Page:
Who does Netanyahu blame for the failure of the Kotel agreement?

What they say about non-Orthodox Jews

Netanyahu told reporters in New York that the Reform and Conservative movements wanted to get recognition “via the backdoor, secretly, under the pretext of a technical clause of joint administration of the Western Wall.”

Prime Minister NetanyahuPrime Minister Netanyahu

Hiddush's focus is on fully realizing Israel's promise of religious freedom and equality, but all too often we cannot separate this mission from the all-too-vile rhetoric that characterizes pronouncements from a number of key Israeli political and rabbinic officials.

For some time now, we have been applauding Prime Minister Netanyahu's welcome, repeated public statement regarding his commitment to ensuring that all Jews feel at home in Israel, whether Reform, Conservative, or Orthodox. Still, Netanyahu's policies since the last elections have repeatedly indicated that this commitment, as sincere as we should assume that it was, is subject to political convenience. This was patently evident in the last few months when he caved to ultra-Orthodox pressure on both the Kotel agreement and the conversion bill.

What is saddest, though, is his departure into highly offensive and baseless rhetoric against non-Orthodox Judaism. This was evidenced last month when he briefed media reps during his visit to NYC for the UN Assembly. As was reported by an Israeli journalist who attended the briefing, he stated (in an attempt to justify his retreat from the Kotel agreement) that: the Reform and Conservative movements wanted to get recognition “via the backdoor, secretly, under the pretext of a technical clause of joint administration of the Western Wall.” (see the JTA article here)

Uninformed journalists and others with whom the Prime Minister has probably shared this reprehensible account may not know better. However, those who have been following the 3+ years of protracted negotiations, led by the former Secretary of the Israeli Cabinet and the Chairman of the Jewish Agency, know that there is no shred of truth to this claim. There was no attempt to slip anything in via the back door. The torturous negotiations were all above board and carefully examined and re-examined. Finally, the compromise was agreed to by all parties, only after disclosure was made to the political leaders of the ultra-Orthodox parties.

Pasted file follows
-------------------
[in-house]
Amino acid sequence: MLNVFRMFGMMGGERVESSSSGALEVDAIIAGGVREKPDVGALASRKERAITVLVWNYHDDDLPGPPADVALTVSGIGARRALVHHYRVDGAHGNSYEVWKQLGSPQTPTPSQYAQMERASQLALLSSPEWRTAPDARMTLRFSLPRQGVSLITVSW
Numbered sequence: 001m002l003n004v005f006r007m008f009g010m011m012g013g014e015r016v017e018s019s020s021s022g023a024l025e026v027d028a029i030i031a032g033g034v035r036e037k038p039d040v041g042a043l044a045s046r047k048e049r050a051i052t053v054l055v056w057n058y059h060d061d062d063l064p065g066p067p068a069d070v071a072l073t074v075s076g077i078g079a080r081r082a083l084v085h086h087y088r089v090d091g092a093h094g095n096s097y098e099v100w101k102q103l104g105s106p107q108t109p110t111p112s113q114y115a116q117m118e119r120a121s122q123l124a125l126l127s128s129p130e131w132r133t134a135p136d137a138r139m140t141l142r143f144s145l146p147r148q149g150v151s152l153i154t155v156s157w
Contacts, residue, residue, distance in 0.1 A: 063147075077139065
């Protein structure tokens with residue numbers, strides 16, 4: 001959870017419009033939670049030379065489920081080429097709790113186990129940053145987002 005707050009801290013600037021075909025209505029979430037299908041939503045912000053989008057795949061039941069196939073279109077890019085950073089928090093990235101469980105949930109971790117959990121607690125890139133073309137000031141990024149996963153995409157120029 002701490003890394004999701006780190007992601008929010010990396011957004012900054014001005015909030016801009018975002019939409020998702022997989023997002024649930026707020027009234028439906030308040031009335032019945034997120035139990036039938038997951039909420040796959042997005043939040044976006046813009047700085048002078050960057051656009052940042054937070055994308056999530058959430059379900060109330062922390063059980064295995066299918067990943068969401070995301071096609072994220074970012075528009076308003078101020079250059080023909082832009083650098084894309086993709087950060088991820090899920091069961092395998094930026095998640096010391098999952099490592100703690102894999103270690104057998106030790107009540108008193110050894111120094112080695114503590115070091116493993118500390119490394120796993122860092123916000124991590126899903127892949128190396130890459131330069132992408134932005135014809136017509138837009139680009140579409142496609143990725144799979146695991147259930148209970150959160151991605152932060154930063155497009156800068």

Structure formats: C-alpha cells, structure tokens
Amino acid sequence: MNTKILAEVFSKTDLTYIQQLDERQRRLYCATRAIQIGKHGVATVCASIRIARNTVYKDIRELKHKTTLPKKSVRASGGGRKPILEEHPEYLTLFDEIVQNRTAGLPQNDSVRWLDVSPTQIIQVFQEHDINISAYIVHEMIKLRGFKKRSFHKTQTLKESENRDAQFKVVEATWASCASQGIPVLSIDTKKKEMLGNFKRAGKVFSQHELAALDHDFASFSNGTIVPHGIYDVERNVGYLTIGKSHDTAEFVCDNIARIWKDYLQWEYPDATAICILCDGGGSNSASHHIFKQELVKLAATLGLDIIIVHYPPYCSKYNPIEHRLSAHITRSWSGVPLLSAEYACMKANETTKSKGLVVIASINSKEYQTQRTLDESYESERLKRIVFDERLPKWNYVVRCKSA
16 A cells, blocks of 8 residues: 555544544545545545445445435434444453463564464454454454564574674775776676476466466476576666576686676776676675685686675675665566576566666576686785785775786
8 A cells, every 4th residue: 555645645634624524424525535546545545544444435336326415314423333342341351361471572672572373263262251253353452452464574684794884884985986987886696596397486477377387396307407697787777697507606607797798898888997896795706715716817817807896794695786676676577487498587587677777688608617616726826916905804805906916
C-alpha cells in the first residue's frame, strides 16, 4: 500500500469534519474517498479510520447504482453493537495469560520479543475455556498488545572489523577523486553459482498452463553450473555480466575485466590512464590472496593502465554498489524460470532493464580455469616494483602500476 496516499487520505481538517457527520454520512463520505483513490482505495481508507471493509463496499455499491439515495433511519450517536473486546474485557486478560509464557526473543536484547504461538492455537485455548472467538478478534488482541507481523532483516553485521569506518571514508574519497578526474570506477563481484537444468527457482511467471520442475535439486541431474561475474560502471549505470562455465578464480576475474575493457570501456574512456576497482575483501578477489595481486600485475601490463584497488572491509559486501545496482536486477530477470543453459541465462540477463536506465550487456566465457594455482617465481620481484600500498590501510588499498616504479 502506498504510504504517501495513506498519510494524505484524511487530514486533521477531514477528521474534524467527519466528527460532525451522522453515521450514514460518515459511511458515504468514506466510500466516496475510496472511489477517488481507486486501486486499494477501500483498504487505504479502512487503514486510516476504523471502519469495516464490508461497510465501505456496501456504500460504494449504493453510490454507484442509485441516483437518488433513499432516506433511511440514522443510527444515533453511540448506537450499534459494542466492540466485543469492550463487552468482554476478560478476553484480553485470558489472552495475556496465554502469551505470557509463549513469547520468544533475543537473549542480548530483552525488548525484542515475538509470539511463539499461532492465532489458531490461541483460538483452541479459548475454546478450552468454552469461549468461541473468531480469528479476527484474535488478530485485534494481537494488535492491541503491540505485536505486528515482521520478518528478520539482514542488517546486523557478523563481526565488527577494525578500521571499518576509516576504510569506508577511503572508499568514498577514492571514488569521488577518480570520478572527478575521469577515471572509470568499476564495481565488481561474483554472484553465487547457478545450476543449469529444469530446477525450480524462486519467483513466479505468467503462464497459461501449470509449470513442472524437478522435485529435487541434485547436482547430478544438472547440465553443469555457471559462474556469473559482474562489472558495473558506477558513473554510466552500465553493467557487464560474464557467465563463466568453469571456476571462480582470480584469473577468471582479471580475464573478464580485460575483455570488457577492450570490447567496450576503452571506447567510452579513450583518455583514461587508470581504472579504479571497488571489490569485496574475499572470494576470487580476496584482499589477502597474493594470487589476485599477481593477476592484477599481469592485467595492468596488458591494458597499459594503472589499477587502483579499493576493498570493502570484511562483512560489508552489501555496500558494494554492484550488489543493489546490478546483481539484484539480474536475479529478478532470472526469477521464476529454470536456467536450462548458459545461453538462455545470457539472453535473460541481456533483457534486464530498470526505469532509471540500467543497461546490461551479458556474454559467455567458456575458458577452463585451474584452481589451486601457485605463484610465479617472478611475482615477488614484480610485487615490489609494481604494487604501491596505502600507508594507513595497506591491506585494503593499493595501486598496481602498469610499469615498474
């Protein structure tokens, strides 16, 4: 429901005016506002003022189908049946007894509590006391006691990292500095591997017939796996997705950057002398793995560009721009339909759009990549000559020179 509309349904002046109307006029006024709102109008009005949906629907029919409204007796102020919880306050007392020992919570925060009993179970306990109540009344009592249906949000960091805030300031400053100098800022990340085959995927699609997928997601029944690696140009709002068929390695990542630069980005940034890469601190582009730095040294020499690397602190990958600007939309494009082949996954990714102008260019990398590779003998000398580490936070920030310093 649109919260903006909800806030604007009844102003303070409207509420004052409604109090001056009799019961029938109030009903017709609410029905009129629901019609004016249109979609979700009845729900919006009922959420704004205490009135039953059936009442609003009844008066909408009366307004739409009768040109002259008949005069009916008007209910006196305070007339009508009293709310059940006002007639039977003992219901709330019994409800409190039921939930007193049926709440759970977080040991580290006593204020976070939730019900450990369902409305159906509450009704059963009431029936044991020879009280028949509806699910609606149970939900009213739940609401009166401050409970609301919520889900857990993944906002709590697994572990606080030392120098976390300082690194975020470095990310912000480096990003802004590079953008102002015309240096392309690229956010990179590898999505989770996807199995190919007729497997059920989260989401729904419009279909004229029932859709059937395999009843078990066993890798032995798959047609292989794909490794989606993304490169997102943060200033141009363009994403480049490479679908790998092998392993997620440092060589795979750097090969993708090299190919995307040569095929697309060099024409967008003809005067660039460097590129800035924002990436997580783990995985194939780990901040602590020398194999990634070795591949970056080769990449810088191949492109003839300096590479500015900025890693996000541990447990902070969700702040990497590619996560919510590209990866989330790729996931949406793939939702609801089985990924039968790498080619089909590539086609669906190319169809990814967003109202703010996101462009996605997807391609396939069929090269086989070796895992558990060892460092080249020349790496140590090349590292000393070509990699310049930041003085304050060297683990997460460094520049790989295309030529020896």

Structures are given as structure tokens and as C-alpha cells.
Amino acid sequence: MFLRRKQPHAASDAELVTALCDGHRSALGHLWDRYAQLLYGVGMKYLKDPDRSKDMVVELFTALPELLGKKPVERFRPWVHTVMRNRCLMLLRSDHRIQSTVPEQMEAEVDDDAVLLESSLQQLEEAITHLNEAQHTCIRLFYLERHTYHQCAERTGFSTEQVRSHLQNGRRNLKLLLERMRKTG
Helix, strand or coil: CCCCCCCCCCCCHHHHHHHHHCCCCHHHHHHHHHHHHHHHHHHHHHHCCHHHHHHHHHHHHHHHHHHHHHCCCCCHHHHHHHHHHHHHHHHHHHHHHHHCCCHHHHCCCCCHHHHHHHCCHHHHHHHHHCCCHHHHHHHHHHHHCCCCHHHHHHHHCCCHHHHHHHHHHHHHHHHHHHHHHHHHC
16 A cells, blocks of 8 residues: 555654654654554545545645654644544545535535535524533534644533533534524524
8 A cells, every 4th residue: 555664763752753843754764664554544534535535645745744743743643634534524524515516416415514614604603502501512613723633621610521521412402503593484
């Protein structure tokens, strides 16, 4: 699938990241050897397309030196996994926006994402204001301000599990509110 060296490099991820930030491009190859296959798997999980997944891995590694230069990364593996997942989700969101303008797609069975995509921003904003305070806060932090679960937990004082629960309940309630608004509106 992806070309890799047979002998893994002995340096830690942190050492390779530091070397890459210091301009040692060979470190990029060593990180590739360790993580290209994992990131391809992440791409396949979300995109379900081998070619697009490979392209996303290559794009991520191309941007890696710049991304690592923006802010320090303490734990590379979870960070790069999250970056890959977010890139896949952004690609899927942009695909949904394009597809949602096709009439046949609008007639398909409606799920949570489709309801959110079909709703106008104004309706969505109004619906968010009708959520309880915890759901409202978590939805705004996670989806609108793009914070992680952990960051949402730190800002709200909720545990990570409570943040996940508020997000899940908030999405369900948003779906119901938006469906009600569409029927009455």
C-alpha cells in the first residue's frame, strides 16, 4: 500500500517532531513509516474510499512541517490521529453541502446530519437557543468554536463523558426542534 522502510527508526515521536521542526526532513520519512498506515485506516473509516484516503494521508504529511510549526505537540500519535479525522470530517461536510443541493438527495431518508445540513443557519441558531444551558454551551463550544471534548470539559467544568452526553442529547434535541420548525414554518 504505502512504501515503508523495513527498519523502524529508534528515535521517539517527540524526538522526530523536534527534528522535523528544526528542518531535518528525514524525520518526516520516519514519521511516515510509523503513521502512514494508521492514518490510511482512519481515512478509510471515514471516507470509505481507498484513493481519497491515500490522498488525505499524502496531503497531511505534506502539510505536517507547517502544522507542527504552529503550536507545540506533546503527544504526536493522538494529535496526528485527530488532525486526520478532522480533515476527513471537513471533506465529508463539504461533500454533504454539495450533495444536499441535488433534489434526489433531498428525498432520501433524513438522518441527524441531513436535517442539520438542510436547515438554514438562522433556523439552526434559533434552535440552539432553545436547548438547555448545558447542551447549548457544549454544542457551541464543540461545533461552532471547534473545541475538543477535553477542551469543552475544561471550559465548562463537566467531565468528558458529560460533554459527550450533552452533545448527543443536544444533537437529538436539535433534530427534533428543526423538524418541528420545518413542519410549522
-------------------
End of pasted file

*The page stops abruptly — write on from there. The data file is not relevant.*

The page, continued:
Netanyahu, in our view, wanted the agreement carried out in full. Neither he nor the ultra-Orthodox political leaders who gave their tacit consent fully anticipated the backlash within the ultra-Orthodox community, perpetrated by disgruntled rabbinic leaders in both the Sephardi and Ashekanazi communities and by the young turks of the ultra-Orthodox online media. Rather than confront his ultra-Orthodox political partners and tell them that neither he nor they could go back on the explicit agreement, he bowed to their reversal and is now trying to shift the blame onto the non-Orthodox negotiation partners. This is neither honorable, nor does it demonstrate any integrity on his part.

It serves as a reminder of the need to move beyond specific, limited policy changes (such as prayer arrangements at the Kotel) and to look at the holistic, encompassing transformation necessary. An example of such a principled and inclusive approach can be found in the recently launched Vision Statement regarding Israel as a Jewish and democratic state. If you have not yet signed up to express your support, please do so!

With PM Netanyahu resorting to such rhetoric, there is little surprise that others whom the Prime Minister feebly reprimanded and from whose statements he had dissociated himself in the past, now feel unencumbered.